Gharials

  • Tilapia fish may have killed gharials in Chambal

    Tilapia fish may have killed gharials in Chambal

    scientists seem to have come to a conclusion on what could have killed more than 100 gharials in Chambal waters recently. Tilapia, an invasive fish could have caused the deaths along the Uttar

  • Crowd and effect

    For a species classified as critically endangered, Gavialis gangeticus, or the gharial, has had it good over the years at Patna zoo. From just 11 in 2002, there are now over 130 gharials in the zoo, officially called the Sanjay Gandhi Biological Park. And the number is only set to grow.

  • Wildlife under threat

    Besides poaching, loss of habitat, toxins cause deaths It is not just India's national animal tiger which is in danger at the hands of poachers in the country. Officials figures suggest that the future of other animals in the wild - elephants, rhinos and critically-endangered gharials - is also not so safe despite efforts being put in by the Centre and state governments. Between December 2007 and February 2008, as many as 105 gharials have been reported dead. However, the reason for the decline in their numbers is attributed to possibility of nephro-toxin entering the food chain and loss of habitat due to illegal sand mining. Official records reveal that in the past three years, the number of poaching cases related to elephants has been steadily rising. During 2004-05, 18 elephants were poached, during 2005-06, the number of dead tuskers was 16 and in 2006-07, it increased up to 23. The 2007 Census said there are 18,663 elephants in the country, minus the Northeastern states. Similar has been the case with rhinos. As per the information released by the Assam Government, 18 rhinos were poached in 2007 and four rhinos have already fallen prey to the poachers' greed till date in 2008 in the Kaziranga National Park and adjacent areas in Assam. Regarding the critically endangered gharials, the MoEF said that as per the last Census in 2007, the number of gharials in National Chambal Sanctuary is 1457, Son Gharial Sanctuary 106, Ken Gharial Sanctuary 12 and Katerniaghat Sanctuary 70 to 80. About 105 gharials have been reported dead between December 2007 and February 2008. While no particular reason can be attributed to their mortality, the possibility of nephro-toxin entering via the food-chain cannot be ruled out, officials say, adding that another reason has been the loss of habitat due to illegal sand mining. The Central Government has taken several initiatives, including constitution of multidisciplinary Tiger and Other Endangered Species Crime Control Bureau (Wildlife Crime Control Bureau) comprising officers from the police, forest, customs and other enforcement agencies to effectively control illegal trade in wildlife. The government is also providing financial and technical assistance to state governments under the various Centrally sponsored schemes - Development of National Parks and Sanctuaries, Project Tiger and Project Elephant. State governments too claim to be taking measures, including increase in patrolling and coordination with other law enforcing agencies, which clearly are not enough. And it is not just poaching that wild animals are at risk with. As per information available, four tigers and 21 elephants were killed due to train and road accidents during the past three years in the 514 wildlife sanctuaries in the country.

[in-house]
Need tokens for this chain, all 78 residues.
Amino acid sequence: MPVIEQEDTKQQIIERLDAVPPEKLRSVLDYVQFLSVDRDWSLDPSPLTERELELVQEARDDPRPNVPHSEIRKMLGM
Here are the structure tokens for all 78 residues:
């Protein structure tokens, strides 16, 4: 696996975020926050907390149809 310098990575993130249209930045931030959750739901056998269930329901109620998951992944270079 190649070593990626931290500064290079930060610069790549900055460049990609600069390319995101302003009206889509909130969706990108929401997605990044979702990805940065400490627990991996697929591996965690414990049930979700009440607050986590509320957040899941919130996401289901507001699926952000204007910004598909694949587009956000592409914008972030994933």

• Clueless in Chambal

    Clueless in Chambal

    the mystery of gharial deaths in the Chambal waters continues to elude scientists. More than 90 of the critically endangered species have died since early December, all within a stretch of about

  • Tender notice for common sense

    after 30 years of efforts in India to conserve gharials, the country does not have one veterinarian who can conduct a post-mortem to establish the cause of a gharial's death. The animal is found

  • Endangered gharials die mysterious death

    Endangered gharials die mysterious death

    more than 40 gharials were found dead downstream in the Chambal river, ahead of its confluence point with the Yamuna. Preliminary reports indicated liver cirrhosis was among the causes of the

  • India has fewer gharials in the wild than tigers

    India’s gharials are in serious trouble. There are fewer than 200 of these river predators left in the wild. And their deplorable state has remained ignored even by the media, while the tiger hogs the headline -- but the truth is that gharials are 20 times more endangered than tigers.

  • Global encomiums to protect alligators in MP

    World Conservation Union (IUCA) has praised the crisis management efforts undertaken in Madhya Pradesh to check deaths of alligators.

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